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Evaluating the risk of labour exploitation among migrant workers in the UK during Covid-19

Labour exploitation is the most frequently reported form of exploitation in the UK and the majority of cases identified involve migrant workers. According to the 2019 National Referral Mechanism (NRM), the system of support for victims and survivors of modern slavery, the top three EU nationalities reporting labour exploitation in the UK were Romanians, Polish and Bulgarians. 

Temporary migration programmes tend to be exploitative (Lenard and Straehle, 2012; Strauss and McGrath, 2017) and migrant workers often work in low-paid and flexible jobs, and are less likely to be members of trade unions than non-migrant workers (Turner et al., 2014). Throughout the Covid-19 pandemic, concerns were heightened and amplified regarding the well-being and safety of migrant and seasonal workers, across the world, from Canada to Germany and Australia.

In early 2021 we conducted a survey with approximately 450 Romanian and Bulgarian workers, employed mainly in the British agri-food industry, and 28 interviews with industry stakeholders, including businesses, NGOs and public authorities. Although many workers reported that they had good working conditions, the Covid-19 pandemic exacerbated several key challenges for both workers and businesses:

  1. Reduced Income

Many workers had experienced a reduced income, due to redundancies, reduced working hours, being placed on furlough schemes that were not topped up by employers or having to rely on statutory sick pay of approximately £95 a week. The impact of a reduced income translated into 25% of our sample reporting that they struggled to pay rent, 18% borrowing money from friends or banks, and 4% accessing food banks. The impact of Covid-19 on income reduction may therefore mean that many workers are carrying a hangover of debt.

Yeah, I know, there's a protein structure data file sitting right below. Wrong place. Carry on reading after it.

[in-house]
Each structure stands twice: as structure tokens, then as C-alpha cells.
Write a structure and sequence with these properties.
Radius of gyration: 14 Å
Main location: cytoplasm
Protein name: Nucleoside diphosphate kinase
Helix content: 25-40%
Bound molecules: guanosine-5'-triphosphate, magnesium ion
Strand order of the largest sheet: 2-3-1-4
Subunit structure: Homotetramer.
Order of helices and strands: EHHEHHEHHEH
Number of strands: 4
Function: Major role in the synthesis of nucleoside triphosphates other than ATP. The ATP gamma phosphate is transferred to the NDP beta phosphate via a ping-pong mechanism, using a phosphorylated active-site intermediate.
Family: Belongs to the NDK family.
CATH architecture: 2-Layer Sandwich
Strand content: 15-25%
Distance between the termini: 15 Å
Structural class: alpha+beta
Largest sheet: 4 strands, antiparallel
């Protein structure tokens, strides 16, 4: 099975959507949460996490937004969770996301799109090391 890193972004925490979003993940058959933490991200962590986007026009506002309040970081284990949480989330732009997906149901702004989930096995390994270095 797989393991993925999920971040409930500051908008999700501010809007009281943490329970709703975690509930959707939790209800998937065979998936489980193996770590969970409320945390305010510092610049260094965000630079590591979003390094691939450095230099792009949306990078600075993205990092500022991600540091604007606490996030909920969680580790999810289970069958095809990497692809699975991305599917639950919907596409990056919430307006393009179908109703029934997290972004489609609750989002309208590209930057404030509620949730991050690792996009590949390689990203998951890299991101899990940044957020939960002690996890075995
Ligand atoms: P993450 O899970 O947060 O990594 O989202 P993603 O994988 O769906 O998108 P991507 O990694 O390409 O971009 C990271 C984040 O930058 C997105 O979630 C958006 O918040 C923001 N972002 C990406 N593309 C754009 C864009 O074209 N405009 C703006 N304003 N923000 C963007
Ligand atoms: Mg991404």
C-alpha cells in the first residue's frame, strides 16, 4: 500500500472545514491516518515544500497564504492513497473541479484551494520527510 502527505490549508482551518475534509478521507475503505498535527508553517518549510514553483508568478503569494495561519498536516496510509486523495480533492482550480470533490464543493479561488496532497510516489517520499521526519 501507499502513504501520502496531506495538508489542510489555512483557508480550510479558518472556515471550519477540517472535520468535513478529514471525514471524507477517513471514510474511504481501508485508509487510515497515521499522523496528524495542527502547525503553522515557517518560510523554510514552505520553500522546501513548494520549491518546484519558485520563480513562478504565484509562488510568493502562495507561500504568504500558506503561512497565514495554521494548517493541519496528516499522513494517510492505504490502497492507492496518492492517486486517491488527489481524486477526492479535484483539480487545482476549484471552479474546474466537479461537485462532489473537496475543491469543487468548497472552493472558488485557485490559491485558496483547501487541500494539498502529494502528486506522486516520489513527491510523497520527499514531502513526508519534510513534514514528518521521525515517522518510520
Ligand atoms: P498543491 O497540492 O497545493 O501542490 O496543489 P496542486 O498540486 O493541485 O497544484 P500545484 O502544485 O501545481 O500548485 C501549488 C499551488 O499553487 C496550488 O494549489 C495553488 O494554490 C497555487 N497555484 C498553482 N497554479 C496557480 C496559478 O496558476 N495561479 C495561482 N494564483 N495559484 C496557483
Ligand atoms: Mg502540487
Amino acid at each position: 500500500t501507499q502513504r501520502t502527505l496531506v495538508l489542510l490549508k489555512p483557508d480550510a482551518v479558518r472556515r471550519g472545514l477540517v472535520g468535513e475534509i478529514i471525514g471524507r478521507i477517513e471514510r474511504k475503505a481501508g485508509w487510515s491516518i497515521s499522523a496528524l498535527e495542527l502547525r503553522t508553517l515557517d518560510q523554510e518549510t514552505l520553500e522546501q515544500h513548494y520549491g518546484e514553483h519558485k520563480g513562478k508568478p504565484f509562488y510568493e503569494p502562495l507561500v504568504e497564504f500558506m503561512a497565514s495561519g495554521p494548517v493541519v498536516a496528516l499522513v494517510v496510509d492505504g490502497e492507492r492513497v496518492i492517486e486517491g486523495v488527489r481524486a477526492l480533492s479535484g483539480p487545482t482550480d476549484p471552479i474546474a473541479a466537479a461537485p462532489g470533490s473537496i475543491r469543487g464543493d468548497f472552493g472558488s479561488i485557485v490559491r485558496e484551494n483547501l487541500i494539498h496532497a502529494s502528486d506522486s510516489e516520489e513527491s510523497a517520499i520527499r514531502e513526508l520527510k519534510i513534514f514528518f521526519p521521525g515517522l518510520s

1. Overworking of reduced workforce

In certain industries, where production increased or some workers were furloughed, the remaining active workforce experienced additional pressures to meet targets and work overtime. 9% of those surveyed reported that they were not allowed to take breaks at work and 21% reported working overtime.

  1. Employment deception and financial exploitation

During the pandemic, our interviewees identified a significant increase in the number of people who were led to believe they had a job secured in the UK, only to later discover after they paid a fee and travelled to the UK, that those jobs did not actually exist. This organised criminal deception represents a worrying trend, given tighter visa restrictions following Brexit, which may encourage workers without employment to seek jobs in the informal economy, with a higher risk of exploitative conditions.